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Yay! We’re on vacation!

Virginia Beach, Va.—This week I am filing my column via e-mail from a seventh-floor room with a balcony overlooking the Atlantic Ocean.

We have flown the coop, so to speak, and left the warm temps and sunshine of South Georgia (oops, perhaps I got that part wrong) for the beaches of the mid Atlantic state of Virginia.

I’m not gloating, however. The weather outside is in the 40s and rain is forecast for the next few days. I don’t think I will be walking the beach, but that’s OK. I came to see my daughter and her family and a certain grandson named Cam. He’s almost 3 years old and he doesn’t care whether the sun shines or not. To tell the truth, neither do I.

Donna Sue and I are on vacation! We worked hard last week during Holy Week and each had many services on Easter Sunday, so by the time we left Bainbridge in the late afternoon, we were ready for some R and R, as they say.

Vacations are interesting paradoxes. Usually, we work double-time to get all the work done that would make us feel somewhat comfortable to leave the office or the farm. In the back of our minds, we are wondering, “What’s going to happen when I leave.” I think we are all worrywarts and not capable of just simply getting away from it all.

We leave for vacation having worked hard right up to the moment we leave. On top of that, we leave wondering whether it is a good time to leave. In our case, as pastors, we are always thinking of that one who is sick, perhaps in the hospital, or that one who is going through an inordinate struggle and might need to talk.

I’ve come to realize that if I wait until everyone feels good or all things are going well for everyone, I will never take any time away. I’m sure pastors are not the only ones who feel that way. I felt the same way when I was working in business as a director of sales.

I suffered from the “mice will play while the cat is away” syndrome. It wasn’t any easier when I farmed. It seemed like vacation time always came up when it was time to pick the peas or cut the okra. I’m not saying I picked the peas; I didn’t. But, if I wasn’t around, who would do the supervising?

So, just getting away on vacation is a big deal. It’s always been that way for me. Even when I was growing up, our family rarely “planned” a vacation. There was too much to do on the farm. Usually, vacation consisted of two or three days of spontaneous times at a nearby panhandle beach called Wilson’s Beach.

The trip wasn’t planned. It usually came about because the tobacco didn’t ripen. Everything depended on the tobacco. It needed to be hoed, topped and suckered, or gathered. But every now and then, Daddy would come to the house.

He’d say to momma, “It looks like the tobacco is too green to gather this week. If you want to go to the beach, pack some bags.” How’s that for planning. I guess I get it natural.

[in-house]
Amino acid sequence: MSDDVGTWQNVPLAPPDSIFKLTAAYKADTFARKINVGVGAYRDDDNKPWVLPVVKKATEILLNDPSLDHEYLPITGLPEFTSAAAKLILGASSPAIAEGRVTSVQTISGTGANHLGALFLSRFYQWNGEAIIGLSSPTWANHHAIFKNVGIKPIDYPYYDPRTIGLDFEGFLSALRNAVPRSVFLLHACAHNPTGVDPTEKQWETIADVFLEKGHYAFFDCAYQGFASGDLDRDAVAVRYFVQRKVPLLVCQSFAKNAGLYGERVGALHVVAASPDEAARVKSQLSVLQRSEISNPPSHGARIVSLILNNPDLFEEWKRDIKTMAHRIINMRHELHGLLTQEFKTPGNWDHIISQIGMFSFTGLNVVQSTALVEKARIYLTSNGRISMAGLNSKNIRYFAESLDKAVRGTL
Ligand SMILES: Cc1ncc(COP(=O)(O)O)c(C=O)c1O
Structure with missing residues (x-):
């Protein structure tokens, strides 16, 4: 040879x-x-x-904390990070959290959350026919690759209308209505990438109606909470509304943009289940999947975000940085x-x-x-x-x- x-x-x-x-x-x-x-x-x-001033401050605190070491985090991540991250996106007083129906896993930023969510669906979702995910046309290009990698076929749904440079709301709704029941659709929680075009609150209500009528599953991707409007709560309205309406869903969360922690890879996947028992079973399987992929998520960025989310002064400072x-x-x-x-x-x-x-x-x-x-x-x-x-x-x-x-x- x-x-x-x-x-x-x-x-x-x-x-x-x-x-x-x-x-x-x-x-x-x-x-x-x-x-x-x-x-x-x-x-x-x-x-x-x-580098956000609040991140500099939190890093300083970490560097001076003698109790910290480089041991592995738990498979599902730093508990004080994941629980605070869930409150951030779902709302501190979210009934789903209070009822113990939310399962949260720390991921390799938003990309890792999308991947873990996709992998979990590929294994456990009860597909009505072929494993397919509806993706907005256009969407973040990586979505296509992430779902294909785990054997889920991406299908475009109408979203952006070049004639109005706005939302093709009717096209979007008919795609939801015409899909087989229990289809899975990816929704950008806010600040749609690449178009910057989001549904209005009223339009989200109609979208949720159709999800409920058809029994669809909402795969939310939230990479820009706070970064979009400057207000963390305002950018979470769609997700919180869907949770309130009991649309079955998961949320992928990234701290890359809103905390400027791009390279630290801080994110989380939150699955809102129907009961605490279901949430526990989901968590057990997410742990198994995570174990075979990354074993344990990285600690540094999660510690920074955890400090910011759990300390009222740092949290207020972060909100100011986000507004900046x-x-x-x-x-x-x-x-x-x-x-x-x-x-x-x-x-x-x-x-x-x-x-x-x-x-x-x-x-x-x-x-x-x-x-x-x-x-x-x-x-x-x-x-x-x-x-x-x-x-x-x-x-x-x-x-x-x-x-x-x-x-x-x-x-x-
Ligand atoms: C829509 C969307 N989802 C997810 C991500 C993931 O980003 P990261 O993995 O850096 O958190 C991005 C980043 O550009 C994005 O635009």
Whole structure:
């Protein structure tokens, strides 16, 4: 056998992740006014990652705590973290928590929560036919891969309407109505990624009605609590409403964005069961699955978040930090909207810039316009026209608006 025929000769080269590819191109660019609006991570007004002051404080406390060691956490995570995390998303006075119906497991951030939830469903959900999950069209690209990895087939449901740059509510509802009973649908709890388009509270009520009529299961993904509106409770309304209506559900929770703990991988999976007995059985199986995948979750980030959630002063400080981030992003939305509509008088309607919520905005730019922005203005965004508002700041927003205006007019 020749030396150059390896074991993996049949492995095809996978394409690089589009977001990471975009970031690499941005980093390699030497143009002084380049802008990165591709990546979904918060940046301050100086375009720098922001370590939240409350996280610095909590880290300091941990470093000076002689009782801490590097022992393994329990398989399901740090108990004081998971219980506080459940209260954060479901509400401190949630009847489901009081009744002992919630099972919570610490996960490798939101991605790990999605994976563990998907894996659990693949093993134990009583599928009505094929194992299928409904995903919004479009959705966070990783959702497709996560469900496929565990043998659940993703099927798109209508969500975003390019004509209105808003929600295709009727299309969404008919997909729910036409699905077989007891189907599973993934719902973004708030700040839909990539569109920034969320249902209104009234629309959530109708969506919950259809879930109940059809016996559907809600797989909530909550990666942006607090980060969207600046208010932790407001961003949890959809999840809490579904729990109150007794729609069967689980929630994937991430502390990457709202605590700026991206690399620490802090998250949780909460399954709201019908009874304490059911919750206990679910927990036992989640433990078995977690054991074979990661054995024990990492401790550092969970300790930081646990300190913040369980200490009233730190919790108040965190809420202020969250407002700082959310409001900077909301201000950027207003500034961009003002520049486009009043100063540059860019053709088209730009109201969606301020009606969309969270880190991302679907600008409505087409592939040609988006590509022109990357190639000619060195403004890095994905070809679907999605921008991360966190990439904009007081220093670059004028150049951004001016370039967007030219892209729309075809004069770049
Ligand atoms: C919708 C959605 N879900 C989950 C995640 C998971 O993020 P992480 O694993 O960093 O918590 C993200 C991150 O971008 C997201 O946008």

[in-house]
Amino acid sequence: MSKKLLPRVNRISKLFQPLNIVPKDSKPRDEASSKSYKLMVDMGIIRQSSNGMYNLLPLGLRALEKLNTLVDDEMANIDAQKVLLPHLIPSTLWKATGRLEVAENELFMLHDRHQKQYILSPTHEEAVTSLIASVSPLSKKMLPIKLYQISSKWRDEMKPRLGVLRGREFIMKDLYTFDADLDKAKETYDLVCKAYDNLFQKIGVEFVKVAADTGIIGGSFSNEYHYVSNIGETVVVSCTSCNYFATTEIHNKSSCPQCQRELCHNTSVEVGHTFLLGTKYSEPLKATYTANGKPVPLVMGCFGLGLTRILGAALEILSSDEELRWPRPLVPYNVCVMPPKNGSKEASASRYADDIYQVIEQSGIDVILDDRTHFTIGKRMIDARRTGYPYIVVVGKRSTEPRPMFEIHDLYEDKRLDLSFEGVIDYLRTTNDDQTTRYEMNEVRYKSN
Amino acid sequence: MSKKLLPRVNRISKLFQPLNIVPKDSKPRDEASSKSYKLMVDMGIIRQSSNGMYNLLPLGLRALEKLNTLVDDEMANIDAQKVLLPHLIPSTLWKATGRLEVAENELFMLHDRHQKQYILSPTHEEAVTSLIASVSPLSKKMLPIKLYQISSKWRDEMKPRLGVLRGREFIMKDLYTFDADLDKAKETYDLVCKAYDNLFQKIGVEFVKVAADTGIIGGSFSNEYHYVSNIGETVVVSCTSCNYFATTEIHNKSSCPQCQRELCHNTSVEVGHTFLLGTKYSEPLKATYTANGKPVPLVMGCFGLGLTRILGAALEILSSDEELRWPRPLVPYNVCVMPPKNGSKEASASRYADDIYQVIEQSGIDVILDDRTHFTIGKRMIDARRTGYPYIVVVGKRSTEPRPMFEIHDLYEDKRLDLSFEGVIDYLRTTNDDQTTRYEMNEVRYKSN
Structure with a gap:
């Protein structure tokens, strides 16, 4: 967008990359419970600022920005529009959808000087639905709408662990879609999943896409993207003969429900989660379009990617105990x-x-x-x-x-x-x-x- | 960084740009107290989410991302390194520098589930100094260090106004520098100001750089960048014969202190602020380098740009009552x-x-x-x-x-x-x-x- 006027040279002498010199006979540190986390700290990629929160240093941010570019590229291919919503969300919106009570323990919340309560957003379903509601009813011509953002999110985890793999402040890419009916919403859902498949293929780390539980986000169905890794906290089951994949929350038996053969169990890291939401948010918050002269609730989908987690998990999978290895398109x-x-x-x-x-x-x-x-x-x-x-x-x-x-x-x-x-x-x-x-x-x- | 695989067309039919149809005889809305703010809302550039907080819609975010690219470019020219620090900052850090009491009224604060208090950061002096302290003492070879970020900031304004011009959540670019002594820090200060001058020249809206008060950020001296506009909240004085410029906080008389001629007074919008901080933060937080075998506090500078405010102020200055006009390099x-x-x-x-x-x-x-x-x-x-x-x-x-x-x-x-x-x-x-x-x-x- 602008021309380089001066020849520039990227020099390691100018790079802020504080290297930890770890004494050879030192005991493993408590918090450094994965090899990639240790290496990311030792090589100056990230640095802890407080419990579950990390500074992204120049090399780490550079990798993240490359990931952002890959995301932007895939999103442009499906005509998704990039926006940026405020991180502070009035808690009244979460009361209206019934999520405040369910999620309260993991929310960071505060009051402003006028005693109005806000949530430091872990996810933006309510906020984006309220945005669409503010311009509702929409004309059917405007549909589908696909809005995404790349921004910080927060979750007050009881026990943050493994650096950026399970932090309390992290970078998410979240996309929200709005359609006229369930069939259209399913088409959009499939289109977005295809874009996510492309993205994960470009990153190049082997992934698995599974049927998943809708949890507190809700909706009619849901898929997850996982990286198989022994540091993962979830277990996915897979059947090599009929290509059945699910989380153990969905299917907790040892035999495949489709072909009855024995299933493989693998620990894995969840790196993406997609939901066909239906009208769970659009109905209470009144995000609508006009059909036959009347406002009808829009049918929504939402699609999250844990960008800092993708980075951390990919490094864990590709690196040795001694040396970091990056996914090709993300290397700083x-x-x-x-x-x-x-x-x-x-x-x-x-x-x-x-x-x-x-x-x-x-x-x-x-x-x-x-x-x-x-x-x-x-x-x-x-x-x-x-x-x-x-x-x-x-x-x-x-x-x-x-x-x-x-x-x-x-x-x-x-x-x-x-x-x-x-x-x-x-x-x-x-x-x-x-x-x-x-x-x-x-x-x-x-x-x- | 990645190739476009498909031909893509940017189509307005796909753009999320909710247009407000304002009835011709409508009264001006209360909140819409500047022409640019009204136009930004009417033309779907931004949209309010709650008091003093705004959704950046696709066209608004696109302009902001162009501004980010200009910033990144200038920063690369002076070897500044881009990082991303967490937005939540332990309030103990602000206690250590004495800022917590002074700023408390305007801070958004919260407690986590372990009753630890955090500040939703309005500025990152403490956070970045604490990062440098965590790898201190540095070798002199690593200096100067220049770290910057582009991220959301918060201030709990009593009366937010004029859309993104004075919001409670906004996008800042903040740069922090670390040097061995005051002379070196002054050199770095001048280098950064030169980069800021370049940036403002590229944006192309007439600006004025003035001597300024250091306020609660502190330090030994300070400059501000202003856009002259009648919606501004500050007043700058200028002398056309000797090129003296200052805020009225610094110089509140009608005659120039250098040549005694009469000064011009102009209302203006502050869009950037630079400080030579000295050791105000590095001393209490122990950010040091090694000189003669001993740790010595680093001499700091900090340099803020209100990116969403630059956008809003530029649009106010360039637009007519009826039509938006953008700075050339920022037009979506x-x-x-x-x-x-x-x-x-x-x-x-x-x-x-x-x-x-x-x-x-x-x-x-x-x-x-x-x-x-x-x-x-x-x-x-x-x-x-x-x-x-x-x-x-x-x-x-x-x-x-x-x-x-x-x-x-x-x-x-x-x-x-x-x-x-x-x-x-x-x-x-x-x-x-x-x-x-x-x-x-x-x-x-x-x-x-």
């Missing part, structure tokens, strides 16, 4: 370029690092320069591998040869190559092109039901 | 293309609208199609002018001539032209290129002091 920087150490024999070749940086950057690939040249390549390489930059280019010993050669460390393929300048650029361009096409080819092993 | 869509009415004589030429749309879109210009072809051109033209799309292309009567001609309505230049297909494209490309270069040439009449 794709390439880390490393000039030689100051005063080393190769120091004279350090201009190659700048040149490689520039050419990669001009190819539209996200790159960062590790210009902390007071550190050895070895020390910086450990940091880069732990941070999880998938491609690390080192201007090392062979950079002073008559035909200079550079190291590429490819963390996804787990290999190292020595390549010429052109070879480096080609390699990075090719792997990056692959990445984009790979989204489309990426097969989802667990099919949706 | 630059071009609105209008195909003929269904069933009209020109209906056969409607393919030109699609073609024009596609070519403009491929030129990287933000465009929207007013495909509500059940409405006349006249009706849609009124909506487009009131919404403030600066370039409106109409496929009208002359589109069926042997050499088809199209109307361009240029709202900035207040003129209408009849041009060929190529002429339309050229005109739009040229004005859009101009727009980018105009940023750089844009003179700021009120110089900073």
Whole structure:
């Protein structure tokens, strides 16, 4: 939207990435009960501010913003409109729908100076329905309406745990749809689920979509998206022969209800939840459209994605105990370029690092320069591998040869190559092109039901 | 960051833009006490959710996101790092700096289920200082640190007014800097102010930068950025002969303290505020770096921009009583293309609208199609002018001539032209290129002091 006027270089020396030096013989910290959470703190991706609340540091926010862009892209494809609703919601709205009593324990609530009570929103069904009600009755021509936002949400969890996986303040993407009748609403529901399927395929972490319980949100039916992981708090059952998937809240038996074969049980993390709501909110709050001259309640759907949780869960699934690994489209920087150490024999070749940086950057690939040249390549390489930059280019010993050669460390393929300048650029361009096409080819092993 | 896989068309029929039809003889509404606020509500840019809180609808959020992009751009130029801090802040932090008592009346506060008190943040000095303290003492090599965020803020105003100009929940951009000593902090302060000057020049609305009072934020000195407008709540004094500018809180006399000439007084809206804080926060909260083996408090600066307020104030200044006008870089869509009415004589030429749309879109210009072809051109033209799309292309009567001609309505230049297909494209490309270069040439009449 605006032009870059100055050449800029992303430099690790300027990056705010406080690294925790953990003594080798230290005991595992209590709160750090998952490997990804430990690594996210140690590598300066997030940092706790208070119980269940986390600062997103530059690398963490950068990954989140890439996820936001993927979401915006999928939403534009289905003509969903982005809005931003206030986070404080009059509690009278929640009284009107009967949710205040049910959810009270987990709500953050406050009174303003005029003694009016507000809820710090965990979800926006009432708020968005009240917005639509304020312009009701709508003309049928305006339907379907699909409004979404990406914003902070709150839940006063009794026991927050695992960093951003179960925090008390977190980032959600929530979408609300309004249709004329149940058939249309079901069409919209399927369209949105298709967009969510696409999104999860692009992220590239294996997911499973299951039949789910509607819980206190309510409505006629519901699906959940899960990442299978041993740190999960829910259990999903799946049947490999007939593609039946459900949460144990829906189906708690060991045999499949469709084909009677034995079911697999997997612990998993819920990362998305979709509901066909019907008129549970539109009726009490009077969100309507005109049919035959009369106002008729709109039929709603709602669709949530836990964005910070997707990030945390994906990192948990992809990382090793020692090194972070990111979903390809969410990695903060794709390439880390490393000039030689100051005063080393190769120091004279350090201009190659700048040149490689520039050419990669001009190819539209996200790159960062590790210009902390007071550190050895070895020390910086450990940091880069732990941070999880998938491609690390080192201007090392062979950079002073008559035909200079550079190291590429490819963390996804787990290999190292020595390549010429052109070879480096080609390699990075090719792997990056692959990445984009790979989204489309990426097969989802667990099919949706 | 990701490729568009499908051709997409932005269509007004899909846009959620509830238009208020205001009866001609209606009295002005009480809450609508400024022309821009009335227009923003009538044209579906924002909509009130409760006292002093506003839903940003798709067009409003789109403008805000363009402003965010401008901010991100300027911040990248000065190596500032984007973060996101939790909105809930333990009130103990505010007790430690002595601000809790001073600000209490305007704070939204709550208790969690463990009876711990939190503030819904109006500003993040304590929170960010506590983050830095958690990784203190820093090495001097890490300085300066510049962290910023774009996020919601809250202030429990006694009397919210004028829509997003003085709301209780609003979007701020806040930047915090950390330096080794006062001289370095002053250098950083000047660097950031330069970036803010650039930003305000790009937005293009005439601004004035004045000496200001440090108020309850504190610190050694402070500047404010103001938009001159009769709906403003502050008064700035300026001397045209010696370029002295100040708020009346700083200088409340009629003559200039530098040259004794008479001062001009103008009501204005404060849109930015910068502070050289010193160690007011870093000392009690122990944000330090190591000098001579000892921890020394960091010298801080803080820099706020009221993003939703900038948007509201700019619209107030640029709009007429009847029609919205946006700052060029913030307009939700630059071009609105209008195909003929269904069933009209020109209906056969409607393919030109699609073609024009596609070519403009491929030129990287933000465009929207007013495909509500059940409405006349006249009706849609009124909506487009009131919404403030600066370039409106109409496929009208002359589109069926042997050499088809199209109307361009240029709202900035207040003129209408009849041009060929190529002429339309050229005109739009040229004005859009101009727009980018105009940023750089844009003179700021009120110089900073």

Donna Sue’s family, on the other hand, was town folks. Her daddy was the postmaster at the Auburn Post Office and they had regularly scheduled vacation time. They went to the beach most every year at a scheduled time and stayed for a “whole” week. Wow!

She tells me that they also went to California, out West, Chicago, Las Vegas and lots of other places that seem so vacationy (I know that’s not a word). Naturally, our views of vacation differ.

We do, however, realize that the time to get away from it all is necessary. This time, we left Bainbridge late in the afternoon and drove for about five hours to Interstate 95 near Savannah. The total mileage for Virginia Beach is about 750 miles and we decided to break the trip into two days or else the 13-hour trip would break us up into two messes.

That’s another thing about vacations. We desire a little rest and relaxation. Right? We work harder than usual so we can get away. Then, sometimes we drive huge amounts of miles to get to where we are going. We find ourselves sleeping in strange beds that tend to make our backs sore. We get off our body’s regular schedules if you know what I mean. Sound pretty restful, so far?

Monday morning was the first day of vacation, but we were facing another 10 hours of driving. How did I rest? Like a baby. I cried all night. At least I got to sleep in. Usually I get up at 5 a.m. Since I was on vacation, I made myself stay in the bed until 6 a.m.!

That’s OK, though. We left Savannah about 9 a.m. and headed for Virginia. We went through South Carolina, North Carolina and into Virginia. I had never been this way before, so I got to see new territory. Once we got into Virginia, we had to look for our turn-off for my daughter’s home.

“Did you bring a map?” Donna Sue asked.

I wonder if she ever reads my column. “Of course not,” I said. “I’m a man and I have an innate sense of direction. We’ll get there with no problem. We’ll just keep going north.”

For the record, at the first time I had a real and independent decision to make, driving-wise, I took the wrong road. Not to worry, though. My son-in-law directed me back to the right way and we only wasted a few minutes. Man to man, we got through it.

Finally, we get to their house and my grandson Cam is waiting on the front stoop. At first he wonders, just who is this man with the outstretched arms going ga-ga. Then his eyes brighten and his smile widens. He recognized his grandpa. Hallelujah, vacation has begun!